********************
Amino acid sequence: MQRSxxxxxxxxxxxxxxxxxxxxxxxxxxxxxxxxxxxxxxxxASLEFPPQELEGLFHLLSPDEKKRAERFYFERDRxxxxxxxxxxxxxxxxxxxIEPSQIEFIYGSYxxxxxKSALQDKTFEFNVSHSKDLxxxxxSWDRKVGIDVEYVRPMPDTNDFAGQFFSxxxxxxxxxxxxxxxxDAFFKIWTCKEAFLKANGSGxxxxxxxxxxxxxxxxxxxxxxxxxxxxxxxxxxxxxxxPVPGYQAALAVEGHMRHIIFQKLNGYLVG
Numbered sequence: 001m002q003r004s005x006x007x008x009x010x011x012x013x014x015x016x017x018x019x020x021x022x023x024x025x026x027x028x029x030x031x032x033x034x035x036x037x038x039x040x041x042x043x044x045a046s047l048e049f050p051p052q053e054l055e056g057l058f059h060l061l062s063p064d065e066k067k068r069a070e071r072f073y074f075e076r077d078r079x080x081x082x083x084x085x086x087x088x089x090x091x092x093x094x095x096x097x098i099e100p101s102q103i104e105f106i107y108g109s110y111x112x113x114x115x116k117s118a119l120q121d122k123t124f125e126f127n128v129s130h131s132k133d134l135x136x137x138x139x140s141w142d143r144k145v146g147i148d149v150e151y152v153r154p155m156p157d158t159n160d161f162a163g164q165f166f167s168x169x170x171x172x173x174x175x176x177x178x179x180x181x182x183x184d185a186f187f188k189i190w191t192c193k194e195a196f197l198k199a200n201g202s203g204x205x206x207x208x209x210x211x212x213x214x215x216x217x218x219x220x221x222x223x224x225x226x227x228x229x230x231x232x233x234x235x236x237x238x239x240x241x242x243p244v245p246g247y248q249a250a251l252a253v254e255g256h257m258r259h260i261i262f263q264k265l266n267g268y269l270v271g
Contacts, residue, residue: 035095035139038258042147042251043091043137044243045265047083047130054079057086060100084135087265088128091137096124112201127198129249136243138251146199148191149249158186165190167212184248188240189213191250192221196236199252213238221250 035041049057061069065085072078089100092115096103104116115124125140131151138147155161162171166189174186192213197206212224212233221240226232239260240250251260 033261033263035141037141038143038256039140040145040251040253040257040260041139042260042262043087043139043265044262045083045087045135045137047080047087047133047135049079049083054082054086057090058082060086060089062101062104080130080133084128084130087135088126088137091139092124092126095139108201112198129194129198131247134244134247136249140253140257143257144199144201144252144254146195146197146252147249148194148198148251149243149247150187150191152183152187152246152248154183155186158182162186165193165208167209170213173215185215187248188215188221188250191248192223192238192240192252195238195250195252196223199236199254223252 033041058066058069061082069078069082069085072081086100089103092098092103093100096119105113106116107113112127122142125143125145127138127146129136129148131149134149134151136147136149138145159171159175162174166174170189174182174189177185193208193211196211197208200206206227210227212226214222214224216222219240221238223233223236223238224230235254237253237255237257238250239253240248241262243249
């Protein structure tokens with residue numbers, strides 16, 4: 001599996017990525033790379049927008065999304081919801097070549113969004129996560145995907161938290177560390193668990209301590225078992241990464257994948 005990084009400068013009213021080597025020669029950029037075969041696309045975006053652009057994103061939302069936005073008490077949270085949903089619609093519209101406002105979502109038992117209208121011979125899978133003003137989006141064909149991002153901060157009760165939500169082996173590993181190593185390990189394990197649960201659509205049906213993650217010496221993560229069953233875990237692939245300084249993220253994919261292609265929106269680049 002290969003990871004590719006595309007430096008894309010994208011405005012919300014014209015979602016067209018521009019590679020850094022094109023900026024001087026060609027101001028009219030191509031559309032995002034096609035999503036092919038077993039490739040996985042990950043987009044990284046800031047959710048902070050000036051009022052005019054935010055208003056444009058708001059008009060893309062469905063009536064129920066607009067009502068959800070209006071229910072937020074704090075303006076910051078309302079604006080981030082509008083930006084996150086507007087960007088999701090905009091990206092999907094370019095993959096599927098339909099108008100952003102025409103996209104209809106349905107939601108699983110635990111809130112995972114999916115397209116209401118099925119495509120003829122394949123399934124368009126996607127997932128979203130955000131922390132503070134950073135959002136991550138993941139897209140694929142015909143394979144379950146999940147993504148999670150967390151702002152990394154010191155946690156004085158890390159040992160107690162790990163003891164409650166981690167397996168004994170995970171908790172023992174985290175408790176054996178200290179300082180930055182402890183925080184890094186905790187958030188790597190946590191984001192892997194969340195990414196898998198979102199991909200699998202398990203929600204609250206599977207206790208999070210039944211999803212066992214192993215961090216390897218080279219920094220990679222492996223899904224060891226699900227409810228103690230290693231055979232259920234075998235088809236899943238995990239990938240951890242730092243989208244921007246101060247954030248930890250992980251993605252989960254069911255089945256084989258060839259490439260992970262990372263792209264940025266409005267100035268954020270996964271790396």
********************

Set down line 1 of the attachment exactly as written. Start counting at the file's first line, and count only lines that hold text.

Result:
Amino acid sequence: MQRSxxxxxxxxxxxxxxxxxxxxxxxxxxxxxxxxxxxxxxxxASLEFPPQELEGLFHLLSPDEKKRAERFYFERDRxxxxxxxxxxxxxxxxxxxIEPSQIEFIYGSYxxxxxKSALQDKTFEFNVSHSKDLxxxxxSWDRKVGIDVEYVRPMPDTNDFAGQFFSxxxxxxxxxxxxxxxxDAFFKIWTCKEAFLKANGSGxxxxxxxxxxxxxxxxxxxxxxxxxxxxxxxxxxxxxxxPVPGYQAALAVEGHMRHIIFQKLNGYLVG